One month shy of being three years cancer free and I’m looking at another surgery to see if I have cancer. This is CRAZY! I had big plans in two years. I definitely don’t want to postpone a huge celebration for being 5-years cancer free. My fingers are crossed that five years is coming in two years, not five.
When I was diagnosed with breast cancer in 2012, I was prepared. I knew my family history. I knew what my outcome could be. I knew what treatment could entail and the life changes I might have to make. I had my whole schedule figured out, including what we had to do with our daughter while I was out of town having surgeries. I had it down.
This time is a little different. I don’t have a family history of ovarian cancer. The surgery and possible treatment plans I had to learn by talking to the doctor and researching online. This surgery date is coming quicker – in a months’ time – versus taking my time with my original breast cancer diagnosis. I have less time to plan, but planning must get done.
Our biggest concern is our daughter. Emma will just be at the beginning of the school year again. She needs to get back into a school routine, get to know her teacher and classmates, and dive into that thing called learning. My surgery is out of town again forcing us to leave her behind under the watchful eye of her grandparents. We wish we could take her with us, nevertheless we feel she needs as much “normalcy” as possible. Of course, she’ll be worried about what’s ahead, but we’re hoping while she’s at school she’ll be able to forget what’s going on at home.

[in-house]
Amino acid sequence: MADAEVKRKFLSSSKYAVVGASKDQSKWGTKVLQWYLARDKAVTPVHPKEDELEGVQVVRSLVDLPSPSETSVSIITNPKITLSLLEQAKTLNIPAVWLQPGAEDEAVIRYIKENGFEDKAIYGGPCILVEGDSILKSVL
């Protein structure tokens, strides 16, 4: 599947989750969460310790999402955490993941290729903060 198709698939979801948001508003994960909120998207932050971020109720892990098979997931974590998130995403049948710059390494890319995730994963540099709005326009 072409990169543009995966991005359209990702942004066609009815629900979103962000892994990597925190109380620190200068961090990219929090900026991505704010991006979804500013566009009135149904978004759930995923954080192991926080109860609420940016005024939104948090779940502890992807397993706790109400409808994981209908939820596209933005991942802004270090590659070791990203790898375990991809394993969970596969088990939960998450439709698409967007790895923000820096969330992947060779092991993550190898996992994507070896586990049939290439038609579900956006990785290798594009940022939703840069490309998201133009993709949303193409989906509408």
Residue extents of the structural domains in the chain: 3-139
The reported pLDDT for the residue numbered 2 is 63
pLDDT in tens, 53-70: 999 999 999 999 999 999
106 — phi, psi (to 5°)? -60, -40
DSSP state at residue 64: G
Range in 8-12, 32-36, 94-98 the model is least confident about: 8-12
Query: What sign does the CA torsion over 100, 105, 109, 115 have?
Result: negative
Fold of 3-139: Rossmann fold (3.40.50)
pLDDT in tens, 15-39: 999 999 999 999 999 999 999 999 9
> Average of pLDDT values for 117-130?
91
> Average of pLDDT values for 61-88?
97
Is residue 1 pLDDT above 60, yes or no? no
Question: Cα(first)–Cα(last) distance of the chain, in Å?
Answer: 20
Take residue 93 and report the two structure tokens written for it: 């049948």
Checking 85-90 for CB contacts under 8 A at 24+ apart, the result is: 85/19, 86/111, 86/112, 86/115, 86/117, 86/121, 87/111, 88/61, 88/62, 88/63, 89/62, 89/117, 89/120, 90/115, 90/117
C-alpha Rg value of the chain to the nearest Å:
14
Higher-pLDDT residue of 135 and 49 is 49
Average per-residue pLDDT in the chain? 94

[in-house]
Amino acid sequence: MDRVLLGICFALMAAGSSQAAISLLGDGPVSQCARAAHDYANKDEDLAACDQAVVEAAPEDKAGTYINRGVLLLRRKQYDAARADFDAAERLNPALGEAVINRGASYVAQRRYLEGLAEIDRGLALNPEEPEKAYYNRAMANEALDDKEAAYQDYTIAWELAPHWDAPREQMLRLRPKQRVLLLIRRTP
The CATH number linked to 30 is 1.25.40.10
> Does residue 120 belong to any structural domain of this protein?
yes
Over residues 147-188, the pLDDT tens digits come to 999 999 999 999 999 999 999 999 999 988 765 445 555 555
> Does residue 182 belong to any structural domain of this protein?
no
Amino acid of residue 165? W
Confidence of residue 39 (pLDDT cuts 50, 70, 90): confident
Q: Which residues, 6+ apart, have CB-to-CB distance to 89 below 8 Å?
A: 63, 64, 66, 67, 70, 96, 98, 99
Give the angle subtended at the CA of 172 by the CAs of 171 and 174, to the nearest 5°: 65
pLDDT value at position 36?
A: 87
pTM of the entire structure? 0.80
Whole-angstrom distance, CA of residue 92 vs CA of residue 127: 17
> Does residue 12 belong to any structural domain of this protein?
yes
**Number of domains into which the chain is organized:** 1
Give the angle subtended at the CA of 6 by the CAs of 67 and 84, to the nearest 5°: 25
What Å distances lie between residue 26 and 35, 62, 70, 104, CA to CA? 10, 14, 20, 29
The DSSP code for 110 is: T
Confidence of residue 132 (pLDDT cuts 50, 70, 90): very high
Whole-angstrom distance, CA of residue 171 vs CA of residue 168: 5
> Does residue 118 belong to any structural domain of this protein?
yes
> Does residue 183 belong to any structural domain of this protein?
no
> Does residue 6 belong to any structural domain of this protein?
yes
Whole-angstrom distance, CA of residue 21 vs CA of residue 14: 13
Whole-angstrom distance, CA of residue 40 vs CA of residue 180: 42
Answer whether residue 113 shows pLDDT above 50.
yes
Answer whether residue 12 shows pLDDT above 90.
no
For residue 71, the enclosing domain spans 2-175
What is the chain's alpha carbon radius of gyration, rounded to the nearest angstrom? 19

My surgery is set; now it’s time to complete the last minute “must do” list. Pay the bills. Write my blog posts in advance. Make sure Emma has transportation home from school. Throw in a family photo shoot. Notify family and friends of the latest news. The list can keep on growing if I don’t stop writing. There are things that can wait until we come back home. There are things we need to do ASAP. There are things others can do instead. But, I still need to prepare.
I have this motto – one of many – that I keep referring to. Plan for the worst; hope for the best. Not everyone understands my need to thoroughly plan, but that’s okay. I just need to know I have everything taken care of when I come home to recover. That’s what I need to focus on – recovery, not all the other details.
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